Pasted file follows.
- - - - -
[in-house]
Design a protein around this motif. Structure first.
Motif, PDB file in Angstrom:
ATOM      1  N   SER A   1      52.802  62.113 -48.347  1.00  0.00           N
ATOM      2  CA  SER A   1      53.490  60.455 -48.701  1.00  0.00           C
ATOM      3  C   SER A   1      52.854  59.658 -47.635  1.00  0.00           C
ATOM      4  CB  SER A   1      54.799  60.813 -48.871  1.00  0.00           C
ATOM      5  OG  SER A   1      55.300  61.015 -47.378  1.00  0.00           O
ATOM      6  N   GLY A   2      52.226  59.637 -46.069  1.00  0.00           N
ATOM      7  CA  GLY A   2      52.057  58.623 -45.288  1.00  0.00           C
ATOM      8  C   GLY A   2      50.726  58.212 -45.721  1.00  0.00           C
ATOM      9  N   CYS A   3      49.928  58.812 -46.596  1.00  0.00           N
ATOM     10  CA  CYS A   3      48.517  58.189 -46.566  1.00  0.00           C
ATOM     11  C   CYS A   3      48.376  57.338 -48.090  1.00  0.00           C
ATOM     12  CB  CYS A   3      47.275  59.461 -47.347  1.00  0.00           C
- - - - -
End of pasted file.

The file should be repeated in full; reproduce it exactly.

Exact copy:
[in-house]
Design a protein around this motif. Structure first.
Motif, PDB file in Angstrom:
ATOM      1  N   SER A   1      52.802  62.113 -48.347  1.00  0.00           N
ATOM      2  CA  SER A   1      53.490  60.455 -48.701  1.00  0.00           C
ATOM      3  C   SER A   1      52.854  59.658 -47.635  1.00  0.00           C
ATOM      4  CB  SER A   1      54.799  60.813 -48.871  1.00  0.00           C
ATOM      5  OG  SER A   1      55.300  61.015 -47.378  1.00  0.00           O
ATOM      6  N   GLY A   2      52.226  59.637 -46.069  1.00  0.00           N
ATOM      7  CA  GLY A   2      52.057  58.623 -45.288  1.00  0.00           C
ATOM      8  C   GLY A   2      50.726  58.212 -45.721  1.00  0.00           C
ATOM      9  N   CYS A   3      49.928  58.812 -46.596  1.00  0.00           N
ATOM     10  CA  CYS A   3      48.517  58.189 -46.566  1.00  0.00           C
ATOM     11  C   CYS A   3      48.376  57.338 -48.090  1.00  0.00           C
ATOM     12  CB  CYS A   3      47.275  59.461 -47.347  1.00  0.00           C